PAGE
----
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Green Energy News for 25-01-2013

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Audi to Make Fuel Using Solar Power View Articles
The automaker is using technology from SolarFuel to make renewable methane for natural-gas vehicles.Audi is building a plant that will use solar and wind power to make methane from water and carbon dioxide. The plant, which will use technology developed by Stuttgart, Germany-based SolarFuel, is scheduled to start operation later this year. It will produce enough methane to power 1,500 of Audi’s new natural-gas vehicles, which also go on sale this year.
Maine offshore wind project gets key approval View Articles
Norwegian energy giant Statoil gained key approval Thursday in its bid to build one of the nation`s first offshore wind power projects off Maine`s Boothbay Harbor.
McCrory says he backs wind farms off NC coast View Articles
Gov. Pat McCrory is telling the Obama administration that he supports plans that could one day see wind turbine towers poking out of the Atlantic Ocean miles off the North Carolina coast.
Obama climate push to tie environment, jobs: White House adviser View Articles
President Barack Obama will renew his push to spur investment in renewable energy projects that create jobs as a key part of his second-term strategy for tackling climate change, a top White House policy adviser said on Thursday.
Devolution `boosted green energy` View Articles
Devolution has played a significant role in the expansion of green energy, with Scotland leading the way, a new report has found.
Hyndburn councillor`s fears over `monstrosities` in green belt View Articles
A PLAN to erect a wind turbine behind homes has led to claims an area could turn into a `windmill city`. Installation of the 65ft tall monopole mast behind homes in Colliers Row, Oswaldtwistle, has seen a councillor speak out over the proposals.
Mystery of the Shrunken Proton View Articles
ananyo writes "The proton, a fundamental constituent of the atomic nucleus, seems to be smaller than was previously thought. And despite three years of careful analysis and reanalysis of numerous experiments, nobody can figure out why. An new experiment published in Science only deepens the mystery. The proton`s problems started in 2010, when research using hydrogen made with muons seemed to show that the particle was 4% smaller than originally thought. The measurement, published in Nature, differed from those obtained by two other methods by 4%, or 0.03 femtometers. That`s a tiny amount but is still significantly larger than the error bars on either of the other measurements. The latest experiment also used muonic hydrogen, but probed a different set of energy levels in the atom. It yielded the same result as the Nature paper — a proton radius of 0.84 fm — but is still in disagreement with the earlier two measurements. So what`s the problem? There could be a problem with the models used to estimate the proton size from the measurements, but so far, none has been identified. The unlikely but tantalizing alternative is that this is a hint of new physics." Read more of this story at Slashdot.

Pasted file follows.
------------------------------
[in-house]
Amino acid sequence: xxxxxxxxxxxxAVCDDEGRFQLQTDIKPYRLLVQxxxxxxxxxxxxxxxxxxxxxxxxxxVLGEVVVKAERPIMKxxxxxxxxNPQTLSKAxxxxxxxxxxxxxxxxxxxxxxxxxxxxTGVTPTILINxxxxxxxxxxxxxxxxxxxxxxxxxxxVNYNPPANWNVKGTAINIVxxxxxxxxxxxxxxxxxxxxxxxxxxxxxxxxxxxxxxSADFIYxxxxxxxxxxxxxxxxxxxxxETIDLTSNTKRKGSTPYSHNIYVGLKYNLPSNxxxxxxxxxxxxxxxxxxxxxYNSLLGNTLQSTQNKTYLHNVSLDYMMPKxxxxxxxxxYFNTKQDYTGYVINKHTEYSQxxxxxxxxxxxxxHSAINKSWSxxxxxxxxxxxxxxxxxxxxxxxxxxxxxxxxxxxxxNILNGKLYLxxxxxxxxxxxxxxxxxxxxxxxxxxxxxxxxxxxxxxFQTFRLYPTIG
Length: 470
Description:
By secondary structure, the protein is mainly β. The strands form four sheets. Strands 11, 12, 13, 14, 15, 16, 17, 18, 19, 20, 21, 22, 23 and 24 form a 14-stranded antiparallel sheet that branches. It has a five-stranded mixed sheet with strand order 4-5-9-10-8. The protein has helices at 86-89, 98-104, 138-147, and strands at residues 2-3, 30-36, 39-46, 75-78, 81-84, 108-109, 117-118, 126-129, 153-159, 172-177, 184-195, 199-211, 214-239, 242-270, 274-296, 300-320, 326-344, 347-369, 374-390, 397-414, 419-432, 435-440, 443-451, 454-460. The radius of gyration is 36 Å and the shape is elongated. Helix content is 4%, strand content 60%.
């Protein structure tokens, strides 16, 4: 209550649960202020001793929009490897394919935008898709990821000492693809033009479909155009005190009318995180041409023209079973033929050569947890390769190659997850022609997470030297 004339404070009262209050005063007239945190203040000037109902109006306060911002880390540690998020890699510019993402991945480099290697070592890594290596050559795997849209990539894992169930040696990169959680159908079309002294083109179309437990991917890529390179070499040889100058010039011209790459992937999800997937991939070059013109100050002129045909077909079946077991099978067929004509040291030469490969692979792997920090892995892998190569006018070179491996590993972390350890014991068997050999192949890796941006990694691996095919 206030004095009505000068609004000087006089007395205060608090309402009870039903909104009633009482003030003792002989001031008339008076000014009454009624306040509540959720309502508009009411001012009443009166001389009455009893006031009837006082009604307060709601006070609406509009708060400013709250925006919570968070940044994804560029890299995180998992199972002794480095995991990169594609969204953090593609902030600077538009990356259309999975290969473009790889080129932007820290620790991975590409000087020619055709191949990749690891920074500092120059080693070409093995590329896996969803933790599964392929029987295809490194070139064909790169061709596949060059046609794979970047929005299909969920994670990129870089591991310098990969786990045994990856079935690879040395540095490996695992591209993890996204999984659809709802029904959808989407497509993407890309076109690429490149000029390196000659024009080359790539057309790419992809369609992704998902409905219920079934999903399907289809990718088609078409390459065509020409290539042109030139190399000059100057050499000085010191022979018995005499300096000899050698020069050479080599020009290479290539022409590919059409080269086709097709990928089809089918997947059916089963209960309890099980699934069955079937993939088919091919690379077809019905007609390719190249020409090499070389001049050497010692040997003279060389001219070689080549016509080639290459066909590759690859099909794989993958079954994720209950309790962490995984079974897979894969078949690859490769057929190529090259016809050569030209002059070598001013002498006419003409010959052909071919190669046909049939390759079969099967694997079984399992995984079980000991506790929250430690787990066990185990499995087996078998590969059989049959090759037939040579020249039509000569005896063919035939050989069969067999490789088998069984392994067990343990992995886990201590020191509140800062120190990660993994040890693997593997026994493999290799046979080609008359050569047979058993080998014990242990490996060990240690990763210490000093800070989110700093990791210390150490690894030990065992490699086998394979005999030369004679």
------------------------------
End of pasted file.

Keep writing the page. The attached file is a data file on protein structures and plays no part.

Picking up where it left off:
Silicon Nanoparticles Could Lead To On-Demand Hydrogen Generation View Articles
cylonlover writes "Researchers at the University of Buffalo have created spherical silicon nanoparticles they claim could lead to hydrogen generation on demand becoming a `just add water` affair. When the particles are combined with water, they rapidly form hydrogen and silicic acid, a nontoxic byproduct, in a reaction that requires no light, heat or electricity. In experiments, the hydrogen produced was shown to be relatively pure by successfully being used to power a small fan via a small fuel cell." Read more of this story at Slashdot.
Will France Give Up Its Role as a Nuclear Powerhouse? View Articles
The country, which gets most of its electricity from nuclear power, is debating whether to wean itself from that dependency.A council appointed by French President François Hollande is kicking off a government-sponsored nationwide debate that could shift France’s energy system from nuclear to renewable energy. It is a dramatic development in light of France’s outsized investment in nuclear energy: the country produces more nuclear energy than any country other than the United States, and it relies on reactors for more than three-quarters of its power generation, a higher rate than any other country.
Lower power bills the goal of SC solar energy bill View Articles
Considered one of the nation’s least-friendly states for solar energy, South Carolina is preparing for a fight over long-standing rules that utilities have used to block the expansion of sun power across the Palmetto State.
China Coal Producer Looks to Tasmania in Quest for Wind Energy View Articles
The Roaring Forties gales off Tasmania, where Hollywood swashbuckler Errol Flynn was first smitten with sailing, are luring Chinese investors with a different passion -- harnessing wind to generate electricity.
Novozymes Says Biofuel May Supply 90% of Its Revenue by 2030 View Articles
Novozymes A/S, the world’s biggest maker of enzymes used in laundry soap, may get 90 percent of its revenue from biofuel makers by 2030 if more governments start promoting renewable energy, the company’s next CEO said.
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